If you’re looking for the mothership of Jewish guilt, it can be found in our responsibility to rebuild the Third Temple, the beit hamikdash. Our Sages say that if we don’t witness its rebuilding, it’s as if we witness its destruction.
The details of what happened almost 2,000 years ago in Jerusalem on Tisha B’Av, the ninth day of the month of Av (this Shabbat, although the mourning customs associated with the day are observed this year on the following Sunday) are gruesome and painful. And the tragedy continues, certainly in the sense that the Jewish nation remains vulnerable, a by-product of being scattered and without true sovereignty.
The key to rebuilding is straightforward enough: Because the Temple’s destruction was caused by sinat chinam, unwarranted hatred among Jews, its rebuilding is effected through ahavat chinam, our unwarranted love for each other. Somehow, some way, we need to think of every Jew like family — in a good way. Our “random acts of kindness,” along with our learning about the Temple so we realize what we’re missing, have the power to transform Tisha B’Av, our emblem of darkness, into the ultimate light.
The problem is that it’s been almost 2,000 years and a lot of people have stopped feeling guilty that it hasn’t been done.
Before I became observant, I thought the Temple was a synagogue on steroids. I figured it was probably a lovely edifice, but I didn’t understand the tears over not having it. Now, when I clarify that the Temple was actually a place where G-d’s presence is openly manifest, I can almost hear people thinking, “Maybe, but 2,000 years is a long time ago.” Which means, if they’ve heard of “the Three Weeks,” the simple yet eerie name for the weeks leading up to the Temple’s destruction, they probably don’t think much about them.
But once you’re attuned to the time period between the minor fast day of the 17th of Tammuz and the major fast day of Tisha B’Av, the discomfort of the Three Weeks is very real; it’s a time when the Jewish nation, individually and collectively, is both vulnerable and mournful. Just the other day while I was out walking, I saw the flashing lights of a police car in the distance. The car appeared to be right in front of Friendship Circle’s office, where our son Mordy and our daughter-in-law Rivkee work. Our daughter Leah, who’s visiting from Dallas, was at the office, too. I quickly calculated the disaster possibilities. “Nah, it can’t be,” I reassured myself. (Because it’s also very Jewish to have bitachon, to trust that G-d will provide us with material well-being.) But, I am very mindful that if something unthinkable were to happen, G-d forbid, this could be a likely time. (It turns out a bus plowed into a car, which then hit another car. Seven people were injured; fortunately, none seriously. Mind you, this is not the Autobahn; this is a neighborhood street where you can walk in front of a car and it’ll stop for you.)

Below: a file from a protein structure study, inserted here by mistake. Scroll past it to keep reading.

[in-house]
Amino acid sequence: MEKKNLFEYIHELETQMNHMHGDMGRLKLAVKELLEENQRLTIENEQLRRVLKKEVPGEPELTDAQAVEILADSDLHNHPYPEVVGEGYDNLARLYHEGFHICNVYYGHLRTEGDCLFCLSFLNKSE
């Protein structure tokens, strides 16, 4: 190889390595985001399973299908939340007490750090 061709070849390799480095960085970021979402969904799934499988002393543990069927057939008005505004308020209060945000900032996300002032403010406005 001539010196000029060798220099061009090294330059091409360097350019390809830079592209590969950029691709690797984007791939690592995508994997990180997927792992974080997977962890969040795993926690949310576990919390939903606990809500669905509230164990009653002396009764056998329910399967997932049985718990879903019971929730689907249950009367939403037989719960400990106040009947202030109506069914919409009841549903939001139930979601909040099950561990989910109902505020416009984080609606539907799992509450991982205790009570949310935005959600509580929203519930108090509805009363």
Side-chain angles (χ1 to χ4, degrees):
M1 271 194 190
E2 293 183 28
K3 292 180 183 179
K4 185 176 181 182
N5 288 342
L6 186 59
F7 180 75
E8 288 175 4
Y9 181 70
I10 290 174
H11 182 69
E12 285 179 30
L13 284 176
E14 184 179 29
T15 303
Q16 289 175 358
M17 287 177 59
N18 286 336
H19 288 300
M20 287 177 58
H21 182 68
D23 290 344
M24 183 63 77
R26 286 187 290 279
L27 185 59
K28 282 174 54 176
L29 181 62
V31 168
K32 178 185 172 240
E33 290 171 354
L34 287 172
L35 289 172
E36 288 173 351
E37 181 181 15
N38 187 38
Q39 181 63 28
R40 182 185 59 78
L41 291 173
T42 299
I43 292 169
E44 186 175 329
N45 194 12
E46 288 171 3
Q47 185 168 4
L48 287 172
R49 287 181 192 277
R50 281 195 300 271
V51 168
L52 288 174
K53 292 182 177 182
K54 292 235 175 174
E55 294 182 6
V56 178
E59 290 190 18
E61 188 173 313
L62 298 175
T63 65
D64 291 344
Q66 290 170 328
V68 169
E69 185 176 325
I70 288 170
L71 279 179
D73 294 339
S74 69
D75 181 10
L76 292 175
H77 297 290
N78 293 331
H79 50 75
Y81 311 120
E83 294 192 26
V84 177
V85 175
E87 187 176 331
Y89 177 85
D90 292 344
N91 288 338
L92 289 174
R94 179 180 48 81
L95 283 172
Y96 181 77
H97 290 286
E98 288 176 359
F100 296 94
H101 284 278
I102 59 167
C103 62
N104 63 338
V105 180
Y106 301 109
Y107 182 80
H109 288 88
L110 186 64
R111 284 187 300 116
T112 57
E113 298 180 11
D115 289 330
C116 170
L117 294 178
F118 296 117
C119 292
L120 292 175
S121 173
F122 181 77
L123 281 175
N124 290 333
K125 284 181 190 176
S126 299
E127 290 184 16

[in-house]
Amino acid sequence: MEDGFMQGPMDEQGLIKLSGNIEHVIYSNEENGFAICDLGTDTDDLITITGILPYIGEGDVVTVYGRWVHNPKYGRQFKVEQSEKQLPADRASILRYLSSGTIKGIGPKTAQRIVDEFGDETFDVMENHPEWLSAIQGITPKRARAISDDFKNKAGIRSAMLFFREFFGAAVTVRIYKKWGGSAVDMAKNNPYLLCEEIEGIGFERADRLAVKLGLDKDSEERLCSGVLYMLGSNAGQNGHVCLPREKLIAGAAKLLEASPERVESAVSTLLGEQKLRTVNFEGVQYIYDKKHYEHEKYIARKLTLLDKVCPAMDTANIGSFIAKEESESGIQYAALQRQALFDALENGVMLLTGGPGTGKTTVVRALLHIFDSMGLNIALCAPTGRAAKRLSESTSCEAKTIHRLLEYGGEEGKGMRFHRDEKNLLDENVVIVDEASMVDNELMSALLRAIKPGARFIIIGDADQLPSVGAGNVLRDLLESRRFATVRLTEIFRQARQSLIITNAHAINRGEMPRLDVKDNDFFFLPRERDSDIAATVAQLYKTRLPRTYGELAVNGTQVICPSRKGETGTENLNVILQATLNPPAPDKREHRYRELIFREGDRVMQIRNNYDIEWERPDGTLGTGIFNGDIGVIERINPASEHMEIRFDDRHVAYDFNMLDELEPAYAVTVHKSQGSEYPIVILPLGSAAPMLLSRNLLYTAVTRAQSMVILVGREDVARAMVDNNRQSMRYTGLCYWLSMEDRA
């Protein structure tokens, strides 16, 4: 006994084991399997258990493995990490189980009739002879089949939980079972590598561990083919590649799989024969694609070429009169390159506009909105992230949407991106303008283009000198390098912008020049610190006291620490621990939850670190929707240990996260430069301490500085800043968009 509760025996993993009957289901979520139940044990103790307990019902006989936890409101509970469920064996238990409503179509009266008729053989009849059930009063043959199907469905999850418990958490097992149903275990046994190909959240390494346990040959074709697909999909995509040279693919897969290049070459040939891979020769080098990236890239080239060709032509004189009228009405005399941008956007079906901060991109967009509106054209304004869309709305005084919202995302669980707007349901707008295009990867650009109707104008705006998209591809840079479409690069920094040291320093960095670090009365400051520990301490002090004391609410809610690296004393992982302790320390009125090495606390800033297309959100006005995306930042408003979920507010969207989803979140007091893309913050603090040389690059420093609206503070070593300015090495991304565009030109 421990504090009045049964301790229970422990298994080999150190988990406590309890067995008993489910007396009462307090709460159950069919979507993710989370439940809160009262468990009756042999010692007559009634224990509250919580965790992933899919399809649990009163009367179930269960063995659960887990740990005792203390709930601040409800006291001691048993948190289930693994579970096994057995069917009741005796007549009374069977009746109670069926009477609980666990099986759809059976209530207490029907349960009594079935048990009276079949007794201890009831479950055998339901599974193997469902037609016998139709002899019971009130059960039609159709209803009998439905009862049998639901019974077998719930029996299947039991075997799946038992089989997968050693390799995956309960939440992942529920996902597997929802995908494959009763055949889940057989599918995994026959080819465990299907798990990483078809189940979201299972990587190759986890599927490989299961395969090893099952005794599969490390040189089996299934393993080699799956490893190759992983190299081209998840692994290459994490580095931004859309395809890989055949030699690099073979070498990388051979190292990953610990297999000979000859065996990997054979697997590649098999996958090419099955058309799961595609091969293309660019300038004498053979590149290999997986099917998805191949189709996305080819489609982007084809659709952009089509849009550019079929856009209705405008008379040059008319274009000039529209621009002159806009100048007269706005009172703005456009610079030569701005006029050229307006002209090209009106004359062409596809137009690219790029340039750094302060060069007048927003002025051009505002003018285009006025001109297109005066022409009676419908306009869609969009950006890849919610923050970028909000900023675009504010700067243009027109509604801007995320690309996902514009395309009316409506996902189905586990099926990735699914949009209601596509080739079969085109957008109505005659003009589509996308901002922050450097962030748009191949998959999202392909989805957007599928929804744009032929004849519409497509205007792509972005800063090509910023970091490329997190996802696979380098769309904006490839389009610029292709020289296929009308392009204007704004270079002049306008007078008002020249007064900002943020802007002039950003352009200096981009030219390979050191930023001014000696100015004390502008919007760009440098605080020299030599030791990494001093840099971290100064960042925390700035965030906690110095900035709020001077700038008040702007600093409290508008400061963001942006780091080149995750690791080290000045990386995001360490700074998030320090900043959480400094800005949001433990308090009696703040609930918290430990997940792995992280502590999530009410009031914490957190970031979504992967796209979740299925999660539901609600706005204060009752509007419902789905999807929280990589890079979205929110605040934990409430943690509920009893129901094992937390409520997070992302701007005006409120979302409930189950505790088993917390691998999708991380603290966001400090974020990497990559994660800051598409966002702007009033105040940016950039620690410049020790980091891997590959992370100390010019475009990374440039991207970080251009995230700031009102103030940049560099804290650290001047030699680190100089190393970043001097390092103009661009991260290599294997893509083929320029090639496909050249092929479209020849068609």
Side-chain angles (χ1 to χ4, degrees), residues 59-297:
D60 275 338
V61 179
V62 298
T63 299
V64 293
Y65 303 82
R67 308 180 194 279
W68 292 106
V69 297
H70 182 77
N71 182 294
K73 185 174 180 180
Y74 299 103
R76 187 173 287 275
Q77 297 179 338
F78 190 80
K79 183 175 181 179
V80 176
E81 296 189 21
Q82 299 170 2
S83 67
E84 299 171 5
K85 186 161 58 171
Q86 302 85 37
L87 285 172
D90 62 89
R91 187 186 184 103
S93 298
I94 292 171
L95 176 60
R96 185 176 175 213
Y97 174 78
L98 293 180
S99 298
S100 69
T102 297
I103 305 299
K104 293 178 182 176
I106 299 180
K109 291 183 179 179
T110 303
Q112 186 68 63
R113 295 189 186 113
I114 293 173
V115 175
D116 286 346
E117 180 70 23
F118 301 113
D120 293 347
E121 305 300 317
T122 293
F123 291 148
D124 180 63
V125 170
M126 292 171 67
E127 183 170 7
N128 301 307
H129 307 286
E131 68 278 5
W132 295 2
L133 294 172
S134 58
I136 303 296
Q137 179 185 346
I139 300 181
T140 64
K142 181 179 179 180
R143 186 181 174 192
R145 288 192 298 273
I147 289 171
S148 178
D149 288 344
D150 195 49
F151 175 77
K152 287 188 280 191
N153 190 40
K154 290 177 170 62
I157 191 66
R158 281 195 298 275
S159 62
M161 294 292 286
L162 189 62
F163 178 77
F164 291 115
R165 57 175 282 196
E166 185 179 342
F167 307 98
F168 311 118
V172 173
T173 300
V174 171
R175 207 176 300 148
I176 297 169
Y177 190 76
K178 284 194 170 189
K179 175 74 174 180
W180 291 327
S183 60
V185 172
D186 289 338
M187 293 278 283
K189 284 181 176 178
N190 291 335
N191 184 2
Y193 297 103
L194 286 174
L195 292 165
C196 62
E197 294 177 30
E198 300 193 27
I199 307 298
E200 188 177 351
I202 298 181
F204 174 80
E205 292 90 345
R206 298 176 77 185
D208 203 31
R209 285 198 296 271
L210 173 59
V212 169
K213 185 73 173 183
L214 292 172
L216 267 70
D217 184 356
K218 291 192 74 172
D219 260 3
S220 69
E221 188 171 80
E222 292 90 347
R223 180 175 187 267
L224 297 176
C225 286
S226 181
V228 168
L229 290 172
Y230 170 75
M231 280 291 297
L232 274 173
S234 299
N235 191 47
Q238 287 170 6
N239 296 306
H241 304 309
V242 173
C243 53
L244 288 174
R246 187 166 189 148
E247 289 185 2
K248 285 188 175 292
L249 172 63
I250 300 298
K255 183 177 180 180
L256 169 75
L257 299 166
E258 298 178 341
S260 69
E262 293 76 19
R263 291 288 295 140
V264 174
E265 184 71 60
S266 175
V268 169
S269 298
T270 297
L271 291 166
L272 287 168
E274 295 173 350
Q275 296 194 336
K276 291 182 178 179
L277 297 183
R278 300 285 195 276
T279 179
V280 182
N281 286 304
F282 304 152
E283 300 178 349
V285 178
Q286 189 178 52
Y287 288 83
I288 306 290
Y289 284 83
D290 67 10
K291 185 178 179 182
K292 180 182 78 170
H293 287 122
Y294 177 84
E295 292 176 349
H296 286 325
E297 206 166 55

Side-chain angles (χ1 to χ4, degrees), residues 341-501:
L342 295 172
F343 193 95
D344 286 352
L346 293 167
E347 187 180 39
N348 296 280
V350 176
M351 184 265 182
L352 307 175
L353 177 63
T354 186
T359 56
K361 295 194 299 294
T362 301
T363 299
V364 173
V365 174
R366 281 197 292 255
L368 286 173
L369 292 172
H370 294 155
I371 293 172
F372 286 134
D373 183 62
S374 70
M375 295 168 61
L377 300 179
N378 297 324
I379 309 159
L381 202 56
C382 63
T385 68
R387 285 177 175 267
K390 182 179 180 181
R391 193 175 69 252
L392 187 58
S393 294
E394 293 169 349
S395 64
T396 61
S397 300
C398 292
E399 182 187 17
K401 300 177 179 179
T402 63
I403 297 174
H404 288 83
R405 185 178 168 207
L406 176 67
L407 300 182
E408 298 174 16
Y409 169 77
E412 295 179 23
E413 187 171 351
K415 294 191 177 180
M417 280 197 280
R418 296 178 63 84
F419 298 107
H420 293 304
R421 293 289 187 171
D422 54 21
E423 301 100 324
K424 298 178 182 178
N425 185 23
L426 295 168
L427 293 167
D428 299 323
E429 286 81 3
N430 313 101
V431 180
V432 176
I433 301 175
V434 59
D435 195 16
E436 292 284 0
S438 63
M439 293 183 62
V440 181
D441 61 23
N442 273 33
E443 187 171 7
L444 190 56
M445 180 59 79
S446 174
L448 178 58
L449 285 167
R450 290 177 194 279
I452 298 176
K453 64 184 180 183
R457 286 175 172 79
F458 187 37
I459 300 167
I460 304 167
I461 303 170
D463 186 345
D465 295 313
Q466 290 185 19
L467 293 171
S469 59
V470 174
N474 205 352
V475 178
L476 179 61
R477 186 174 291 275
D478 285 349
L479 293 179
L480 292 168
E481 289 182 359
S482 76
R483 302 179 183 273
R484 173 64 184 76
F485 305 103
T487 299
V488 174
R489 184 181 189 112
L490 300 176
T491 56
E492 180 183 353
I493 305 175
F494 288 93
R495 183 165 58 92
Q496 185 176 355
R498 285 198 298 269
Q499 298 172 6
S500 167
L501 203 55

While there’s a part of me that wants to get the whole Three Weeks/Tisha B’Av uneasiness over with, I need to recalibrate. The uneasiness should motivate me to realize what is lacking in a world without a Temple — and to do something more about it. Especially because Tisha B’Av time is arguably the most auspicious period for the Temple’s rebuilding to start. Just as the Three Weeks are real, and Tisha B’Av is real, the Third Temple is just as real. And the Third Temple is the sine qua non of the Messianic era, the time when all physicality will reveal its G-dly source. Forever. (Our minds lack the ability to imagine what this era will be like; for now, just imagine being able to say, “It’s all good” and really mean it.)
Feeling guilty is not enough. I need to do more to make the Temple a reality — and that includes recruiting anyone and everyone who wants to be part of the rebuilding campaign. (No good deed is too small, and dedication opportunities are still available.) As for the moments when I question why I should merit to witness this glorious moment? I have no idea. I just try to stay focused on this: The fact that the Temple hasn’t been rebuilt in 2,000 years tells us that it’s more likely to be rebuilt in our lifetimes, not less. Because G-d promised us that it’s going to happen — and today is infinitely a better day for it than tomorrow.
Lieba Rudolph is a writer living in Squirrel Hill. Her blog is called Pondering Jew.